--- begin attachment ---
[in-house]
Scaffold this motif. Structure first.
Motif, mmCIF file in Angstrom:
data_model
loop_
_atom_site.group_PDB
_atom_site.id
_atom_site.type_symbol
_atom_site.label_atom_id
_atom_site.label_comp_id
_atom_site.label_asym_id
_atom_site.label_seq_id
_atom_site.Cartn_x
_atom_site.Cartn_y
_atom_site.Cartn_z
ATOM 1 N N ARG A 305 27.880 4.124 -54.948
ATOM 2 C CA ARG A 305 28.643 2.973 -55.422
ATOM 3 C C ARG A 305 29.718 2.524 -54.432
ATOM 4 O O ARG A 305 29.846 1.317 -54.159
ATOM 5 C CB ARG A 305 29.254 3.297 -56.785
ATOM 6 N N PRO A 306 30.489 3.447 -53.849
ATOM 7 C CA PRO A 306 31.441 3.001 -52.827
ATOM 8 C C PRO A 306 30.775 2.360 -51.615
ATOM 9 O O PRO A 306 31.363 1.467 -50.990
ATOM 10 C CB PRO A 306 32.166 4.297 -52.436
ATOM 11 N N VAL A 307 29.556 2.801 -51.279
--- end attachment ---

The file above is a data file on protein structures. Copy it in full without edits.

[in-house]
Scaffold this motif. Structure first.
Motif, mmCIF file in Angstrom:
data_model
loop_
_atom_site.group_PDB
_atom_site.id
_atom_site.type_symbol
_atom_site.label_atom_id
_atom_site.label_comp_id
_atom_site.label_asym_id
_atom_site.label_seq_id
_atom_site.Cartn_x
_atom_site.Cartn_y
_atom_site.Cartn_z
ATOM 1 N N ARG A 305 27.880 4.124 -54.948
ATOM 2 C CA ARG A 305 28.643 2.973 -55.422
ATOM 3 C C ARG A 305 29.718 2.524 -54.432
ATOM 4 O O ARG A 305 29.846 1.317 -54.159
ATOM 5 C CB ARG A 305 29.254 3.297 -56.785
ATOM 6 N N PRO A 306 30.489 3.447 -53.849
ATOM 7 C CA PRO A 306 31.441 3.001 -52.827
ATOM 8 C C PRO A 306 30.775 2.360 -51.615
ATOM 9 O O PRO A 306 31.363 1.467 -50.990
ATOM 10 C CB PRO A 306 32.166 4.297 -52.436
ATOM 11 N N VAL A 307 29.556 2.801 -51.279